Pakistan minister defends mob lynching, says 'even murders take place' when youth get emotional

Defence minister Pervez Khattak said boys entering adulthood are 'ready to do anything' and learn with age how to control their emotions

Asian News International December 06, 2021 18:50:44 IST

Islamabad: The ghastly mob lynching of the Sri Lankan man should not be linked to the lifting of the ban on Tehreek-i-Labbaik Pakistan (TLP), said Pakistan defence minister Pervez Khattak.

Khattak suggested that the ghastly mob lynching of a Sri Lankan man in Sialkot should not be linked to the Pakistan government's decision to lift the ban on TLP. He further said that even "murders take place" when young people get emotional, reported Dawn.

The said remarks are following a countrywide rage over mob lynching of Sri Lankan factory manager Priyantha Kumara over blasphemy allegations. The mob on Friday, after killing him burnt his body.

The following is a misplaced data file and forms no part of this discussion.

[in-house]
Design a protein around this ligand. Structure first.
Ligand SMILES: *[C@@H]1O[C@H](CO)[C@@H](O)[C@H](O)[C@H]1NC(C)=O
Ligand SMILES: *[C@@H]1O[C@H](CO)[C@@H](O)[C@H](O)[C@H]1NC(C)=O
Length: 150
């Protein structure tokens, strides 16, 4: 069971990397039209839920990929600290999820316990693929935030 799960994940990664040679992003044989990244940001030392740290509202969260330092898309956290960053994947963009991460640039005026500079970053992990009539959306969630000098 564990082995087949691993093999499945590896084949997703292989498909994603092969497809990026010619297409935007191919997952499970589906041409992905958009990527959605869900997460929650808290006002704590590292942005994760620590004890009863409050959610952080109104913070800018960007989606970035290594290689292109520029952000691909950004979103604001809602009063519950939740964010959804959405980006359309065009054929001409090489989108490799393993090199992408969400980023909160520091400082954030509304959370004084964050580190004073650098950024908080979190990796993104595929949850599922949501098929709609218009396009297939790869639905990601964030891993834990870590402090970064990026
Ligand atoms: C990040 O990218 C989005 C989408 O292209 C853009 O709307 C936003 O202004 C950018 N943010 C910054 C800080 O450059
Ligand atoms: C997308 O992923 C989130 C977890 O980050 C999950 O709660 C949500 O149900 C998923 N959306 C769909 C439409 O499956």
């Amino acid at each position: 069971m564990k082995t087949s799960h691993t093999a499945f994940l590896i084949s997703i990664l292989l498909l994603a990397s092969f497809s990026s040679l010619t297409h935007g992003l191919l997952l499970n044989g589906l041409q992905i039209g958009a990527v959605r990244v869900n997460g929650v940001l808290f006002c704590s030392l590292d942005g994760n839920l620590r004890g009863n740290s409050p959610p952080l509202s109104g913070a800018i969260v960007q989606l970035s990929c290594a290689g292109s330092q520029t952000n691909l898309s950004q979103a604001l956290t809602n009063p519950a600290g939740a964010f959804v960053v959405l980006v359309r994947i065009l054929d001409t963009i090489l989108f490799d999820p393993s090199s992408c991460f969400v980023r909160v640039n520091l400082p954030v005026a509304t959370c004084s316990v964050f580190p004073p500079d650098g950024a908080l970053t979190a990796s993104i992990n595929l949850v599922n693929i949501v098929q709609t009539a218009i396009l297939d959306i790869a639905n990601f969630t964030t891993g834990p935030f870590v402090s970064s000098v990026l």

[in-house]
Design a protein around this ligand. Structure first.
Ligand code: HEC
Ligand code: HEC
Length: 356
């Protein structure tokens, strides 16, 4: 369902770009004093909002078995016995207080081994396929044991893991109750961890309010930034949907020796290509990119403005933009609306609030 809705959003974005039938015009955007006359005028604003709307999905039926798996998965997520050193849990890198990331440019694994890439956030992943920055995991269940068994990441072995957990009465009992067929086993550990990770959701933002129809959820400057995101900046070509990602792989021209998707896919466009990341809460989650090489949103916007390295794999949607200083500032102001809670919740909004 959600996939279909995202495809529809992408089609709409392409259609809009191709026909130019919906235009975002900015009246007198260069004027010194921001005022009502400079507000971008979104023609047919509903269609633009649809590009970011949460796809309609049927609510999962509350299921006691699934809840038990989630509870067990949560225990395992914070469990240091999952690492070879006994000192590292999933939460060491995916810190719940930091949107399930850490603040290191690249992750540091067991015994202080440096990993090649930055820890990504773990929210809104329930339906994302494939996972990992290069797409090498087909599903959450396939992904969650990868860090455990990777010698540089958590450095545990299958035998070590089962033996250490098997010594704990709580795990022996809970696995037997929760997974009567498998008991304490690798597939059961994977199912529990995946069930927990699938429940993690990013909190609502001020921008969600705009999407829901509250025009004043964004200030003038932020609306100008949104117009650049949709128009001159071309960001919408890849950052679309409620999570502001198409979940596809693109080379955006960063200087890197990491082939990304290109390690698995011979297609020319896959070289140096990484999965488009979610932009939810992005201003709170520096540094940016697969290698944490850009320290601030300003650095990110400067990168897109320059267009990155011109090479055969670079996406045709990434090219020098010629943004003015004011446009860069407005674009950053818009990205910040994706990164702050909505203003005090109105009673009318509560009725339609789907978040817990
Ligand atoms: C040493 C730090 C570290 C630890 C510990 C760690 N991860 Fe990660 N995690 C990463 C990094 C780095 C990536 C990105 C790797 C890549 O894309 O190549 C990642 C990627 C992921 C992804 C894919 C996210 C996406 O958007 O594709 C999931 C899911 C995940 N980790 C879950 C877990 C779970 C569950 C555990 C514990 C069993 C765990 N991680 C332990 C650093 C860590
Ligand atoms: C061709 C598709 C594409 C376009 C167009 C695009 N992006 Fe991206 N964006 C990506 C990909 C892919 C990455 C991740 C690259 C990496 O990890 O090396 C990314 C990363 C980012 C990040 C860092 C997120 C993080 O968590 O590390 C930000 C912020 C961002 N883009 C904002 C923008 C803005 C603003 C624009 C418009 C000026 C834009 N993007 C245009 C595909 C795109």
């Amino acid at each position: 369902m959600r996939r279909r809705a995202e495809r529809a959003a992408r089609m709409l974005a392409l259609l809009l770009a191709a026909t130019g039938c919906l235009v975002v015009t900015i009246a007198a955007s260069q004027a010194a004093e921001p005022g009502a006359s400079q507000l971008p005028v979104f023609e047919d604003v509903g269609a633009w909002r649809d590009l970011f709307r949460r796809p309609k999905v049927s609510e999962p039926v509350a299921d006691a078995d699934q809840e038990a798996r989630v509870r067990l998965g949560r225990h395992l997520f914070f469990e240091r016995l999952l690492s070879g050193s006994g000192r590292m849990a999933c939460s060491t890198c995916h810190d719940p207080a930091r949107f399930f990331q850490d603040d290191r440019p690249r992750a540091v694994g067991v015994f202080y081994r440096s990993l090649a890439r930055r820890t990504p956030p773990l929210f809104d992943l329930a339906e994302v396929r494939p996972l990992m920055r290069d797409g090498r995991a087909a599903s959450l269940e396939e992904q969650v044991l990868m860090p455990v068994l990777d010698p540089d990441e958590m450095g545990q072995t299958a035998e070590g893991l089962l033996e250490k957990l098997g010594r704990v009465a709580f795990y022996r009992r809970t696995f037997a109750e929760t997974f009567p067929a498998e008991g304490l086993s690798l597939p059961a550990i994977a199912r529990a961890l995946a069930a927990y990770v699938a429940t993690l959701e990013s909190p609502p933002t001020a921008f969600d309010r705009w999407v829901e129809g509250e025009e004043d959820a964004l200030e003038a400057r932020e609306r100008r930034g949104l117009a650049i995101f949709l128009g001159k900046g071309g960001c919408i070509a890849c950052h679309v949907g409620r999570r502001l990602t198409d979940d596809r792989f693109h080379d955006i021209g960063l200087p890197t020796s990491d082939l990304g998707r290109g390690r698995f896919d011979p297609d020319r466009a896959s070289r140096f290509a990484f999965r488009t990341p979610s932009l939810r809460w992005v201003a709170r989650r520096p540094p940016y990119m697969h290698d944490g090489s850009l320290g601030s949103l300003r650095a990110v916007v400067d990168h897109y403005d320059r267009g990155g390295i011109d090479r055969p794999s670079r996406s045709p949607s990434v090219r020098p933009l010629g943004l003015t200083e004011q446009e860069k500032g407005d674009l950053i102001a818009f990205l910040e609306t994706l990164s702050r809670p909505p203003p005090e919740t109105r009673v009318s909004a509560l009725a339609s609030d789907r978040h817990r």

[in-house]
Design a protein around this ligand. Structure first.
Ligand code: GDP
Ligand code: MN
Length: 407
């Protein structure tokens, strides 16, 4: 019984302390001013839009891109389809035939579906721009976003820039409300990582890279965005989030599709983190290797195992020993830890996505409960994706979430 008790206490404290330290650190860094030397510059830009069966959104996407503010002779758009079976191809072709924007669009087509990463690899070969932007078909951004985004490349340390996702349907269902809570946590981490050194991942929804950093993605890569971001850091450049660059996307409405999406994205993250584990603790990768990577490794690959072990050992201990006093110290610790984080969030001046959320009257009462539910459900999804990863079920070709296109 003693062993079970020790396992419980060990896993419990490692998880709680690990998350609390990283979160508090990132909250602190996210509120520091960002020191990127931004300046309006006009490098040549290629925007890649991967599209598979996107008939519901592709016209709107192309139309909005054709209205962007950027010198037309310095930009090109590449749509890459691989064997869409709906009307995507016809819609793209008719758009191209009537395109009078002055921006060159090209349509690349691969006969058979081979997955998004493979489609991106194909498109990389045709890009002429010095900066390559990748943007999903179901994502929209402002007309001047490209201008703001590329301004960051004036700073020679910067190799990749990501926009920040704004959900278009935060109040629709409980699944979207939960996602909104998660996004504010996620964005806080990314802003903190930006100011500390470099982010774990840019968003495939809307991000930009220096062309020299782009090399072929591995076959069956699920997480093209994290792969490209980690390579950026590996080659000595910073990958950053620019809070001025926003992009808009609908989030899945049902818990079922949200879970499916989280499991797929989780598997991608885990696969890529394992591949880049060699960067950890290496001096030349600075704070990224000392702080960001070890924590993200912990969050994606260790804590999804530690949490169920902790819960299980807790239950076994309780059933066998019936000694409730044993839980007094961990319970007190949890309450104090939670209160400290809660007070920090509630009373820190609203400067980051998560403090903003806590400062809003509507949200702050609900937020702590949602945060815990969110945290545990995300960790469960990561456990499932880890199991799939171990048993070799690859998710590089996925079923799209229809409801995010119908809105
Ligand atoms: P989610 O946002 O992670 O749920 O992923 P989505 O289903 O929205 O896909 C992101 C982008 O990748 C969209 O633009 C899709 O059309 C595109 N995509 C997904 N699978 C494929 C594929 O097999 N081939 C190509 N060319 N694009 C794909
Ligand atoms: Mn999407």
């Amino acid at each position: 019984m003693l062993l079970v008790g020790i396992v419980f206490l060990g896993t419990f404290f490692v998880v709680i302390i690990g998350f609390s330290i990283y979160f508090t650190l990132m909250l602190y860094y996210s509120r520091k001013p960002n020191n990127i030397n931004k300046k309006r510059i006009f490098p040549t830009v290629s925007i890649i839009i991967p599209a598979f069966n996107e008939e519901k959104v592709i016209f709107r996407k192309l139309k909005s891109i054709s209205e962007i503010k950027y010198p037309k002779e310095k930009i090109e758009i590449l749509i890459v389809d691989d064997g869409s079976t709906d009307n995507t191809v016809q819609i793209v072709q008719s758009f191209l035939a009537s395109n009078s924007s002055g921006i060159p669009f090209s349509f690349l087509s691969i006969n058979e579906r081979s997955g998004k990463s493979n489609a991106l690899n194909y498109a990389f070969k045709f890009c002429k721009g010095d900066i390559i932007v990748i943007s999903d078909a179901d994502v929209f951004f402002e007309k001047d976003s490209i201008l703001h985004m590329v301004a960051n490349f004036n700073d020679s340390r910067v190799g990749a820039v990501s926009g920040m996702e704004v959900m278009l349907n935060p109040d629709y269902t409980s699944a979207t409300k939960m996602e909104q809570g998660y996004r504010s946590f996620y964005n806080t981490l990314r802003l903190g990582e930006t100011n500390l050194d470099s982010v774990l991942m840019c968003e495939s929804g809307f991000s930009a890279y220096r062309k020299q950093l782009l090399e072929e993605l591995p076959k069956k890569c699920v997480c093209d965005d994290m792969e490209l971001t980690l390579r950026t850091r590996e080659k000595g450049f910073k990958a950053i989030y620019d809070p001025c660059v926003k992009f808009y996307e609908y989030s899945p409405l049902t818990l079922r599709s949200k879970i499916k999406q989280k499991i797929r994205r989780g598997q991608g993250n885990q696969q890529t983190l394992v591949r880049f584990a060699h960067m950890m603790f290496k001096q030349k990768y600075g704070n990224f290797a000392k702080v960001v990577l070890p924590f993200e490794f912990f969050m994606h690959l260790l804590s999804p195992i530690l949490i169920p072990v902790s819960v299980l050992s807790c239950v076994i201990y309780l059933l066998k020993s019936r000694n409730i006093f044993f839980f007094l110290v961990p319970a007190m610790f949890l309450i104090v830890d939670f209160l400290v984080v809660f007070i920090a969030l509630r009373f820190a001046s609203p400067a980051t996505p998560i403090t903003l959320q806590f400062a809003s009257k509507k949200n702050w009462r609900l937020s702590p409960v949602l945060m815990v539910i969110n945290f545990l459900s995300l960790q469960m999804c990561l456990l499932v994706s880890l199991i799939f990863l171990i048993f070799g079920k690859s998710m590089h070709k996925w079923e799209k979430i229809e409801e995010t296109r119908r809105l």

Social media users linked TLP with the gruesome mob lynching, however, the group distanced itself from the lynching and condemned it, reported Dawn.

Khattak while answering a question by a reporter during a media talk in Peshawar on Sunday, said, "You know the reasons [behind this incident] too. When children ... grow up, they become spirited and do things out of emotions. This does not mean 'this was the result of that action'," he stressed, saying in Sialkot too some young men had gathered and accused Kumara of disrespecting Islam, which led to the "sudden" lynching, reported Dawn.

He said that even he could do something wrong in a state of heightened emotions, and such incidents did not mean "Pakistan is going towards destruction," reported Dawn.

Khattak reiterated that boys entering adulthood are "ready to do anything" and learn with age how to control their emotions. "So this happens among kids, fights take place and even murders. [Does] this mean it is the government's fault?"

Shifting the blame on media the minister continued, "Why don't you change this mindset? Your anchors should come on TV and make the children understand their religion. You only take advertisements and earn money," reported Dawn.

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